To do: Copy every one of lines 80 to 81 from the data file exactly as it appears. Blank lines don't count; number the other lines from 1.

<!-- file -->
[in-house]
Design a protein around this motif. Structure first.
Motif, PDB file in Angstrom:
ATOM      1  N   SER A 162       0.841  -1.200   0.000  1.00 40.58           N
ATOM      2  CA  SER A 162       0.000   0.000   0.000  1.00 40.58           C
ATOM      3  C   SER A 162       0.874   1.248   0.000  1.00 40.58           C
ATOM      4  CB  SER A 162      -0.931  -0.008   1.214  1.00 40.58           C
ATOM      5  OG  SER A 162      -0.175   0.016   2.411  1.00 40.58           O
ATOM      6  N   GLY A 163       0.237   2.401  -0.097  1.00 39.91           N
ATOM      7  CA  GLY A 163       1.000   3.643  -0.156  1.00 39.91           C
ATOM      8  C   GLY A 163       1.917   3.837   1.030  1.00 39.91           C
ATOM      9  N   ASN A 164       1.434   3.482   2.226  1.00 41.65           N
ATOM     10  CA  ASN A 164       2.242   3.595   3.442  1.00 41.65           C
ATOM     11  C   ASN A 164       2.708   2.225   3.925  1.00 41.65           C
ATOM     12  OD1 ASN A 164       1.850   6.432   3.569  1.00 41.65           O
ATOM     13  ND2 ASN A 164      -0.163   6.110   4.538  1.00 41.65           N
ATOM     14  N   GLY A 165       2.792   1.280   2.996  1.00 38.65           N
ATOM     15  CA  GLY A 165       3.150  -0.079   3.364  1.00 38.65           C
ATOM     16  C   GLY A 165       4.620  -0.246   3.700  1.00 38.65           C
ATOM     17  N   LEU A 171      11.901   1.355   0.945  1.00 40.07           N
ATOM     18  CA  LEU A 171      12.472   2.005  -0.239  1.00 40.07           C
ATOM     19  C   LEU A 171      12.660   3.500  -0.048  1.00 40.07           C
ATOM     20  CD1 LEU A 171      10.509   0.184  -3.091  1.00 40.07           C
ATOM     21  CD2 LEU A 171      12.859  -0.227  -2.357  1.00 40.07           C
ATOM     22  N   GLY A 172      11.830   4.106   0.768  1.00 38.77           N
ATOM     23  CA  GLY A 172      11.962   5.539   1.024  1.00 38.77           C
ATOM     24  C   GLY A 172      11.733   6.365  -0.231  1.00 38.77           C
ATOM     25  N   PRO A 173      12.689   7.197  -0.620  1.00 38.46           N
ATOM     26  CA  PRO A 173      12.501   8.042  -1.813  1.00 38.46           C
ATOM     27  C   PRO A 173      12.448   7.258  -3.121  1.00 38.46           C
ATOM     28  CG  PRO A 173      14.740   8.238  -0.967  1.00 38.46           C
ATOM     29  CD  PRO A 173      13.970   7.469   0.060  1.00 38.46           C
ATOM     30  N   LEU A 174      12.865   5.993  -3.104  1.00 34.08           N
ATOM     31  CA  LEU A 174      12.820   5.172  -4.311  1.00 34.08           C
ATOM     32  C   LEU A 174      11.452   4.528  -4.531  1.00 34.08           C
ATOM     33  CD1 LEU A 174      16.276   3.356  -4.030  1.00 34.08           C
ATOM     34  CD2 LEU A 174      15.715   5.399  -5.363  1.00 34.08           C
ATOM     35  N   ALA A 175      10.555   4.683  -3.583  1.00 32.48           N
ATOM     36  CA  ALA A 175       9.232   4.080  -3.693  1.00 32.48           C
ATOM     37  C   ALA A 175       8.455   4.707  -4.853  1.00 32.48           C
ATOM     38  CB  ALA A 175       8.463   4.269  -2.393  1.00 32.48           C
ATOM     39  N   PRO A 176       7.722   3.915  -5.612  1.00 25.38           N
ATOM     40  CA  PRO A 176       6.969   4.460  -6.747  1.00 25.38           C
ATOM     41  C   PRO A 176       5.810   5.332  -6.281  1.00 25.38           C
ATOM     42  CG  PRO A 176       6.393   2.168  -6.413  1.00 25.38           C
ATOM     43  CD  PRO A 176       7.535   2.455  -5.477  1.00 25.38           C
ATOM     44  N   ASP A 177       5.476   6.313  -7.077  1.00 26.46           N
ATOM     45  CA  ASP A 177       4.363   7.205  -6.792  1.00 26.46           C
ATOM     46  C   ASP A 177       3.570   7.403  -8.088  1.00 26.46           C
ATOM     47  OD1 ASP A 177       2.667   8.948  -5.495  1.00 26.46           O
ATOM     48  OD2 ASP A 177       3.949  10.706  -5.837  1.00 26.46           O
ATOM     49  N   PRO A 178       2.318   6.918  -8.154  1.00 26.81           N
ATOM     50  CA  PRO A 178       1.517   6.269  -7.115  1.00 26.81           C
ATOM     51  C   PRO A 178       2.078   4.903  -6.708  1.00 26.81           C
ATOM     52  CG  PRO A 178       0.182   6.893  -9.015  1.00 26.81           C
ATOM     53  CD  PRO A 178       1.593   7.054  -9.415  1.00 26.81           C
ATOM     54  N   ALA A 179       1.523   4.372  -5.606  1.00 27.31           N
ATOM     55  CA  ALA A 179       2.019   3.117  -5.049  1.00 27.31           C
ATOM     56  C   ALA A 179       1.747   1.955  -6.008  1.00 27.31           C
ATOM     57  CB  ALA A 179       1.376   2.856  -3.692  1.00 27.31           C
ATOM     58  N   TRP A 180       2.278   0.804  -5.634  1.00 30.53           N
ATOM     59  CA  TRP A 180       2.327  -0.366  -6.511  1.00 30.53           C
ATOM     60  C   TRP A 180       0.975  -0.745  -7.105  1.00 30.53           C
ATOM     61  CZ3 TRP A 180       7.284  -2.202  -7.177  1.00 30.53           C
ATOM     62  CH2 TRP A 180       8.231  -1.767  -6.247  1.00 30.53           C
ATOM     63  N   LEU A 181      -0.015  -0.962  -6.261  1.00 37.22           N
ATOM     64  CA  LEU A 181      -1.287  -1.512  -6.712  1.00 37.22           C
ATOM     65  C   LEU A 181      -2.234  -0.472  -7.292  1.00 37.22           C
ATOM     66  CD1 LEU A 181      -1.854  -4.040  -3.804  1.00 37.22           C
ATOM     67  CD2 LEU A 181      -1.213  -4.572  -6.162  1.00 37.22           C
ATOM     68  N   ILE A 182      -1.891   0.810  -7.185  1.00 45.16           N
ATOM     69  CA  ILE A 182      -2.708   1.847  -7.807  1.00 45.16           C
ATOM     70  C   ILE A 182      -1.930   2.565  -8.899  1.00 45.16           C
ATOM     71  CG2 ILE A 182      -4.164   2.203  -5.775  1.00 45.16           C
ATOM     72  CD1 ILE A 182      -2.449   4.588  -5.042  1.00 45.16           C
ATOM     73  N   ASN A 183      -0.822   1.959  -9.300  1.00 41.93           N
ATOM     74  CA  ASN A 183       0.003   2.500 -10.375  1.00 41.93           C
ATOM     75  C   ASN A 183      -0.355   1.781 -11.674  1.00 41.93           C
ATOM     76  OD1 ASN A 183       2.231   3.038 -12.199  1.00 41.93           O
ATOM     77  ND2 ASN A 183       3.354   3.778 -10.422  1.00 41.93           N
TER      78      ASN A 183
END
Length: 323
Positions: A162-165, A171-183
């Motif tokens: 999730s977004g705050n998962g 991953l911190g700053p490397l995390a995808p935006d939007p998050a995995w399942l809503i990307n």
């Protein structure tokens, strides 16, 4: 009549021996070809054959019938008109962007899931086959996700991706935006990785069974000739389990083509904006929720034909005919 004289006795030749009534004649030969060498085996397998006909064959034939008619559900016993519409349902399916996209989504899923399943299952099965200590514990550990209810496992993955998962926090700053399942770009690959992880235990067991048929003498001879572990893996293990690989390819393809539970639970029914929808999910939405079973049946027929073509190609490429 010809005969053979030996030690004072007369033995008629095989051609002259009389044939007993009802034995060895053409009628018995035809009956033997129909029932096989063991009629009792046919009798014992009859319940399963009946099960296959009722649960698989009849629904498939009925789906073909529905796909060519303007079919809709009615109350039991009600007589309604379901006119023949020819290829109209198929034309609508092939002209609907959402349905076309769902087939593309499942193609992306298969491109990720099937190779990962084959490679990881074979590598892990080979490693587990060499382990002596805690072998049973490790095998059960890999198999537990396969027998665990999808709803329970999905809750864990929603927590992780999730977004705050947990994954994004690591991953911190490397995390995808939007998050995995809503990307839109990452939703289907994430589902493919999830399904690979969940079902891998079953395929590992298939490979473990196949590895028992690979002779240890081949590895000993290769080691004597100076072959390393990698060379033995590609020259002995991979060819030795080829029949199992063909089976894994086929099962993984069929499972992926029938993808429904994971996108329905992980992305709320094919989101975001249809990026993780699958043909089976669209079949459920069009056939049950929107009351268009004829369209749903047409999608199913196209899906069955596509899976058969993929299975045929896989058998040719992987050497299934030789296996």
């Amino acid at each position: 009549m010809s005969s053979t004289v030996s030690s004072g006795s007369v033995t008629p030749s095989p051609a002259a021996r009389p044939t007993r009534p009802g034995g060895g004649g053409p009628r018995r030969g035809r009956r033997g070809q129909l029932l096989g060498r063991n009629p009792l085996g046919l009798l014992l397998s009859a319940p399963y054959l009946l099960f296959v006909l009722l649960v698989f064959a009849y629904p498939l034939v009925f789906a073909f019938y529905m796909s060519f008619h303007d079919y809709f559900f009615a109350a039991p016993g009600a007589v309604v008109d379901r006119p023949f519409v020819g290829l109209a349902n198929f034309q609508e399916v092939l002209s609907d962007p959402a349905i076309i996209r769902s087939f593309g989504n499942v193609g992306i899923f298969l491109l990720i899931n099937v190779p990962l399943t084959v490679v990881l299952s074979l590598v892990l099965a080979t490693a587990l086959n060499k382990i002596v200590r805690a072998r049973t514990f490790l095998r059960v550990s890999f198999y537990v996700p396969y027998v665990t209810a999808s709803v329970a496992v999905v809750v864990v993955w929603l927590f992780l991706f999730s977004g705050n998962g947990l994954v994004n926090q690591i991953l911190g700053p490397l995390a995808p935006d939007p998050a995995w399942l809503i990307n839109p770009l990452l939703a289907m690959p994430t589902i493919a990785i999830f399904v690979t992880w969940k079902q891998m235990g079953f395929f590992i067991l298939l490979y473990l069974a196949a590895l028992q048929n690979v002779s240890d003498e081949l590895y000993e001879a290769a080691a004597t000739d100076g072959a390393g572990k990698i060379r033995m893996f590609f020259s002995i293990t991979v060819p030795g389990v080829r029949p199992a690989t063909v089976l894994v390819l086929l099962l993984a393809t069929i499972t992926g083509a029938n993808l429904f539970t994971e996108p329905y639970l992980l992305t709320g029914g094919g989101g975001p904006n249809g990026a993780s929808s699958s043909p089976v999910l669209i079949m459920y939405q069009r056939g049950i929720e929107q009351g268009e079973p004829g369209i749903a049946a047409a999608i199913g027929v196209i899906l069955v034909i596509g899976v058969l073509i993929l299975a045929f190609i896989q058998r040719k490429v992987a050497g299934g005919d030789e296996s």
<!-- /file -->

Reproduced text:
ATOM     77  ND2 ASN A 183       3.354   3.778 -10.422  1.00 41.93           N
TER      78      ASN A 183